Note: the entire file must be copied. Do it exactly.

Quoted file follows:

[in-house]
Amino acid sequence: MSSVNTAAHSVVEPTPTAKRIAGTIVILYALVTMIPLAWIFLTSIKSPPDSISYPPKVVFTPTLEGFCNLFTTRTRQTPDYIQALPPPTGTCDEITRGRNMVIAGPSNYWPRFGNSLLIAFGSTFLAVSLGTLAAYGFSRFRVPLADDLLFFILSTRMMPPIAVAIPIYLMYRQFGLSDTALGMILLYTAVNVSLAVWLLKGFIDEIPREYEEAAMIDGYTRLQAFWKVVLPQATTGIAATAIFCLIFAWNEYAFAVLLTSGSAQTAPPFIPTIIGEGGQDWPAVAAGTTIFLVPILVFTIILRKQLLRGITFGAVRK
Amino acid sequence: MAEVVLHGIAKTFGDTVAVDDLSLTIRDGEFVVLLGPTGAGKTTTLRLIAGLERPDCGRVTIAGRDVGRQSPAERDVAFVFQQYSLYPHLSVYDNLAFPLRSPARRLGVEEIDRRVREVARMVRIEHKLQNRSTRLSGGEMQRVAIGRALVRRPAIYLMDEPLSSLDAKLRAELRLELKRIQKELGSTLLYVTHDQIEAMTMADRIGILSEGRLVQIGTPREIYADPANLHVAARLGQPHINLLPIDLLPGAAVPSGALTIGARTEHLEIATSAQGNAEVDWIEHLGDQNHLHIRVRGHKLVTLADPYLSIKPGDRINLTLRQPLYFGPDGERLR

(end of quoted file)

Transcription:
[in-house]
Amino acid sequence: MSSVNTAAHSVVEPTPTAKRIAGTIVILYALVTMIPLAWIFLTSIKSPPDSISYPPKVVFTPTLEGFCNLFTTRTRQTPDYIQALPPPTGTCDEITRGRNMVIAGPSNYWPRFGNSLLIAFGSTFLAVSLGTLAAYGFSRFRVPLADDLLFFILSTRMMPPIAVAIPIYLMYRQFGLSDTALGMILLYTAVNVSLAVWLLKGFIDEIPREYEEAAMIDGYTRLQAFWKVVLPQATTGIAATAIFCLIFAWNEYAFAVLLTSGSAQTAPPFIPTIIGEGGQDWPAVAAGTTIFLVPILVFTIILRKQLLRGITFGAVRK
Amino acid sequence: MAEVVLHGIAKTFGDTVAVDDLSLTIRDGEFVVLLGPTGAGKTTTLRLIAGLERPDCGRVTIAGRDVGRQSPAERDVAFVFQQYSLYPHLSVYDNLAFPLRSPARRLGVEEIDRRVREVARMVRIEHKLQNRSTRLSGGEMQRVAIGRALVRRPAIYLMDEPLSSLDAKLRAELRLELKRIQKELGSTLLYVTHDQIEAMTMADRIGILSEGRLVQIGTPREIYADPANLHVAARLGQPHINLLPIDLLPGAAVPSGALTIGARTEHLEIATSAQGNAEVDWIEHLGDQNHLHIRVRGHKLVTLADPYLSIKPGDRINLTLRQPLYFGPDGERLR